11 November, 2020

How I created a Jarrarium

Following on from my recent adventure of setting up an aquarium, I decided that one wasn't enough. I can't believe it, I'm already addicted to this hobby. I might as well say goodbye to my savings now, because this aquarium addiction isn't cheap. Tanks, substrates, test kits, heaters, pumps, lighting, and all that stuff can carry a hefty price when it's all added up. It's an expensive hobby. But the good news is, that it doesn't have to be. As long as you're willing to compromise, and scale back on your dreams of having a vast aquascape with lots of large fish, then there are much cheaper alternatives that will still net you a small aquatic wonderland. One such alternative is the jarrarium.

A jarrarium is quite simply an aquarium in a jar. A small, convenient and affordable way of taking part in a segment of this hobby. Now, I know what you're thinking, "What on earth can you keep in a jar?" Well, admittedly, it ain't much. Even if you use a fairly large jar, you'll still be hard pressed to find many species that will happily live in a jar. But remember, we're talking about compromises here. Better something than nothing. So here's how I created mine.

  • Jar with a lid (bigger the better)
  • Potting mix (no water crystals or extra stuff)
  • Aquarium gravel (leftover from making the last aquarium)
  • Tap water
  • Water conditioner (Seachem Prime)
  • Suitable plants (Java Moss, Duckweed)
  • Decorations (rocks, wood, and a shell)
  • Tools (jug, old colander)

  1. Clean the jar and lid, and rinse thoroughly.
  2. Using an old colander, sieve the potting mix. This is to remove the coarse bark and woodchip material, leaving the finer particles of potting mix for use in the jarrarium. If the coarse stuff is left in, it will often float to the surface and cause a mess.
  3. Put the fine potting mix into the jar, creating a layer about 2.5 cm thick.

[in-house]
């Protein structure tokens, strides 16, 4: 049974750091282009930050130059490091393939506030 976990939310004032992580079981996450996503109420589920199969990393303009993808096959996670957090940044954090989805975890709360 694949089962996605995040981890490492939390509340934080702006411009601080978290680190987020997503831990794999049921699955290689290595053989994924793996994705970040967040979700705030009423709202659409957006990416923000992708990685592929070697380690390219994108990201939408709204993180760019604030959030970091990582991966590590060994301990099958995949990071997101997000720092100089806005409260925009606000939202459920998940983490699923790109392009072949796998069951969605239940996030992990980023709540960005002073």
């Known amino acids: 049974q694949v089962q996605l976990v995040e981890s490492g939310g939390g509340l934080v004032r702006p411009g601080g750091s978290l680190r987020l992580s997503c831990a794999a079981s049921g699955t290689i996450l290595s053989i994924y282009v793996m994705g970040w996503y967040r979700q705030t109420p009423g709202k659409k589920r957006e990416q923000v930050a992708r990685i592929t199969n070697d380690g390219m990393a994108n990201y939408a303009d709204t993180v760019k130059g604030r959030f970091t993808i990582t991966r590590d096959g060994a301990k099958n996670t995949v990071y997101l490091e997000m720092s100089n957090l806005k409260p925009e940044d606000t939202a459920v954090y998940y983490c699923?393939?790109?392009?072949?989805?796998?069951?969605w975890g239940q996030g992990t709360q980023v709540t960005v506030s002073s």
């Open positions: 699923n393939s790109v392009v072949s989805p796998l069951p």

4. Treat some tap water to make it suitable for aquarium use. The main aim of using the water conditioner is to neutralise any chlorine in the water. Too much chlorine can be bad for both the plants and any animals that might later go in the jarrarium.
  5. Pour some of the treated water into the jar. Just enough to reach the top of the soil. It helps if you can break the fall of the water when pouring it in, to avoid displacing the substrate. I poured it over my other hand which was in the jar. Then poke the wet soil to ensure that there are no bubbles trapped underneath.
  6. Add a layer of aquarium gravel, about 2.5 cm - 3 cm thick. Try to avoid mixing it with the underlying soil as much as possible. The aim is to have a gravel cap over the soil, not one big mixed up mess.
  7. If needed, add a little more of the treated water, to raise the water level to just above the gravel. Then give the gravel a gentle poke, to release any trapped air.
  8. Add the decorations. Keep it simple in such a small container. Don't put too much in there.
  9. Gently fill the jar with treated water.
  10. Let it settle for a few hours.
  11. If the water looks like a murky soup, then remove most of the water, while leaving your soil and gravel intact. Then gently fill the jar with more treated water, and again, allow it to settle for a while.
  12. Add the plants. Choose ones that suit the size of the jar. I used Java Moss for the carpet, and something that looks like Duckweed for a floating surface layer. But feel free to explore other options.
  13. Put the lid on.

And there you have it. All set up and ready to go. Now it's up to you if you want to look after it or neglect it. Maybe it will become a self sustaining ecosphere. Then again, maybe it won't. I have been tending to mine so far. I keep it near a window, so it gets indirect natural light during the day. I sometimes use artificial lighting. Also, I have started a cycling process, by adding a small amount of fish food to the water to kickstart the nitrogen cycle. And I have been measuring key water parameters, to gauge its progress. It's early days with my jarrarium. I'm not sure if I'll add some small animals, once the water has cycled. In either case, I look forward to seeing how it turns out. I'm sure I'll write some more aquarium posts in the future, so feel free to follow along.

Jarrarium - day 0

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